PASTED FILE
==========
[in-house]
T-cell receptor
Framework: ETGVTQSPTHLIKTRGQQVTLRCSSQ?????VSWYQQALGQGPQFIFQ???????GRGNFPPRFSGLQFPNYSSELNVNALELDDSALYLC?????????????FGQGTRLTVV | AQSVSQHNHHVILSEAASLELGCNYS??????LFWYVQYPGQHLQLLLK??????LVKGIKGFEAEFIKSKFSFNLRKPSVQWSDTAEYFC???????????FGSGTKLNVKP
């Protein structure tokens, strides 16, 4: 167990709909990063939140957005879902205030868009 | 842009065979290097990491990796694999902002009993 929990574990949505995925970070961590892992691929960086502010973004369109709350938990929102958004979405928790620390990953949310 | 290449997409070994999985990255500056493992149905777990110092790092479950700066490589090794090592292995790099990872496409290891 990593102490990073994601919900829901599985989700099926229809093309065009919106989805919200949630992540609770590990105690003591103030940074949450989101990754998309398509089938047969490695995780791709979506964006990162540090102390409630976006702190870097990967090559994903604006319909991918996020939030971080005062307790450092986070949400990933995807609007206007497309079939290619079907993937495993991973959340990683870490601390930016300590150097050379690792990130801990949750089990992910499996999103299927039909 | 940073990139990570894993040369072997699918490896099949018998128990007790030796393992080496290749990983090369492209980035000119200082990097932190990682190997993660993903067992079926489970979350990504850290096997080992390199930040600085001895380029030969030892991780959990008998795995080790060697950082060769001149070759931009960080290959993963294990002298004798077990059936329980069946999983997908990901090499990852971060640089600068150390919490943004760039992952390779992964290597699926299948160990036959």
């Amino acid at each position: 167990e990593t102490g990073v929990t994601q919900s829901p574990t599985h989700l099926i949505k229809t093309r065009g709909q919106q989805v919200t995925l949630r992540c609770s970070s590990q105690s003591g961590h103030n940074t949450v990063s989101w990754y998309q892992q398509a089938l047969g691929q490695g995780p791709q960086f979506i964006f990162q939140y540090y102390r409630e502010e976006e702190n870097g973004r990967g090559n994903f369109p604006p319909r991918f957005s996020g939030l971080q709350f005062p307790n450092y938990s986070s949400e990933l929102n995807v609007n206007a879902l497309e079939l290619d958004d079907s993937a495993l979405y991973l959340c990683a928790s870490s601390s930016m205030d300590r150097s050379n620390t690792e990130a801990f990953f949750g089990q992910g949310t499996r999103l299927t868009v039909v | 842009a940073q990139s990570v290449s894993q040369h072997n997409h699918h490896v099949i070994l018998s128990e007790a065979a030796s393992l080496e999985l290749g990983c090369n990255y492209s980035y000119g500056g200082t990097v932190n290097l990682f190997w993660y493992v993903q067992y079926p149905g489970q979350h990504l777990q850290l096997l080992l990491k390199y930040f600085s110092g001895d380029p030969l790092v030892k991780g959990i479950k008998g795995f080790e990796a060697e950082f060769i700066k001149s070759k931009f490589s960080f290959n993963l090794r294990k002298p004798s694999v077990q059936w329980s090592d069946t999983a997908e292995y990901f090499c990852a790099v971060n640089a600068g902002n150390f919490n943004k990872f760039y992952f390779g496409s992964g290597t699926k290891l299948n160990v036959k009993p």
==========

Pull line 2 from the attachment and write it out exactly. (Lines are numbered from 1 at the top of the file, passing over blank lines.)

T-cell receptor